He is different now. The cancer has changed him, softened the drive of this Hemingway prototype of the Old Man and The Sea. He now throws as many fish back as he lugs to his backyard grill overlooking the bay. Live and let live. Barry has the eye of an eagle and the soul of a pastor. He watches intently for the laughing gulls, black gulls, and terns that dive for baitfish, sand eels, and baby herring, known in these parts as bay anchovies. He knows that the bluefish and stripers will chase the bait. Barry says you can fish on the flats for two hours—an hour before and after low tide — without having to worry. The tide, as it is with aging, creeps in deceptively.
Looking out at the horizon, Barry says one cannot discern the tidal flow, and if caught unaware, the swim back is a long haul in waters where Great Whites have been spotted. “Not a place,” counsels the doctor, “for a guy like you with Alzheimer’s.
“But if you’re careful, and going out in the early evening, the sunsets are indescribably beautiful,” he says. “The sun dips into a watery horizon, and as the candle is extinguished, the light fades up.”
So it is with life, he notes.
Barry and me, the doctor and the patient, we learn from one another, as the roles keep reversing in this conversation.
“I accept that my life today is not a long-term plan,” says Barry. “I think we are all eternal souls that, for the moment, are given mortal and physical bodies to learn and to understand the universe, to be more at peace with what we have been given this day.
"We are part of a greater, eternal whole, but the vast majority does not recognize this, allowing themselves to be distracted by self-imposed day-to-day stresses, and exploiting unhealthy behaviors to muffle the voice of the god inside them -- to stifle the search for a place beyond memory."
I can relate for I am gripped with memory, the loss of it, as I strive to speak and write from the heart, not the head, as I once did. I chase now a freeing spirit, much like a gifted athlete “in the zone,” or a master artist with a brush and a kaleidoscope of colors at the reach. Perseverance separates the artist from the dabbler. As you lose self, one finds self—the dichotomy of two opposites happening at once. The bright guys might call this quantum physics; I call it the journey from the embryo to the soul.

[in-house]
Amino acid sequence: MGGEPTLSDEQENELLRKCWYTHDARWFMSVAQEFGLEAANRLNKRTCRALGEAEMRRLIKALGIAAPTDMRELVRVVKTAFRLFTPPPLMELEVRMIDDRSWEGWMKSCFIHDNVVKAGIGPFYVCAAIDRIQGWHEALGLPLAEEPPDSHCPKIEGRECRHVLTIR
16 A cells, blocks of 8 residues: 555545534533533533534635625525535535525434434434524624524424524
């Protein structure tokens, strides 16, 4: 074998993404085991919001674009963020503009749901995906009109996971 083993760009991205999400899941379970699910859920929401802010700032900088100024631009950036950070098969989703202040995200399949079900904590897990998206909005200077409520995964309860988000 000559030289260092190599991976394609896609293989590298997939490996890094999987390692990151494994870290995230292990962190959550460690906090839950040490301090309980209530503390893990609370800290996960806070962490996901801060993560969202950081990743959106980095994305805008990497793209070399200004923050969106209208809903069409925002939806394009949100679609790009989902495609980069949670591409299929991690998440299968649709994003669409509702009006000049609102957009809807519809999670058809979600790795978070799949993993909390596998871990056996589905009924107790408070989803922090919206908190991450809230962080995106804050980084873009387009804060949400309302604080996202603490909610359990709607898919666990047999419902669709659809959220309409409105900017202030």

Barry is searching himself, a path perhaps more discernible for those with cancer, Alzheimer’s, AIDS, ALS, Parkinson’s, Huntington’s disease, or any number of vile diseases that attack the soul as well as the body. “I hope to be a peace if the cancer takes me out, remembering that my soul will remain eternal in a different plane of existence, still learning and resonating even more with the divine," he observes.
Barry says he tries to ignore fear, rising above it.
I tell him that I am motivated by fear. But today we find each other along this journey, seeking the essence of truth, trying to separate the real from the imagined. A favorite Old Testament scripture, I note, is Isaiah 6:8: “Then I heard the voice of the Lord saying, "Whom shall I send? And who will go for us?" And I said, "Here am I. Send me!"
Ultimately, whatever direction we are sent, our timelines are in place, the tumblers are clicking. We are grateful for the tick.
And so, I ask Barry what he would do if he knew today was to be his last; could he, as the rock band Nickleback resounds in classic lyrics: “…Say goodbye to yesterday; would you live each moment like your last?”
Barry says he hopes all his regrets would be gone, all his apposite goodbyes delivered to family and friends."I'd like to be able to say a loving, yet temporary goodbye to my wife and kids, then wade out into the flats of Cape Cod Bay, remembering who and what I am," he notes.
I tell him that I’d walk the beach, a place that has always given me solace. Maybe I’ll see him casting a line.
Barry and I—the doctor and the patient—are standing naked and aground today, working to follow our hearts, and trying to regenerate. Shipwrecks stir the soul.
Greg O'Brien's latest book is On Pluto: Inside the Mind of Alzheimer's. He is also the subject of the short film, "A Place Called Pluto," directed by award-winning filmmaker Steve James, online at livingwithalz.org. In 2009, he was diagnosed with Early Onset Alzheimer's. His maternal grandfather and his mother died of the disease. O'Brien carries a marker gene for Alzheimer's. For more information go to: OnPluto.org.
Follow Greg O'Brien on www.twitter.com/OnPlutoOB.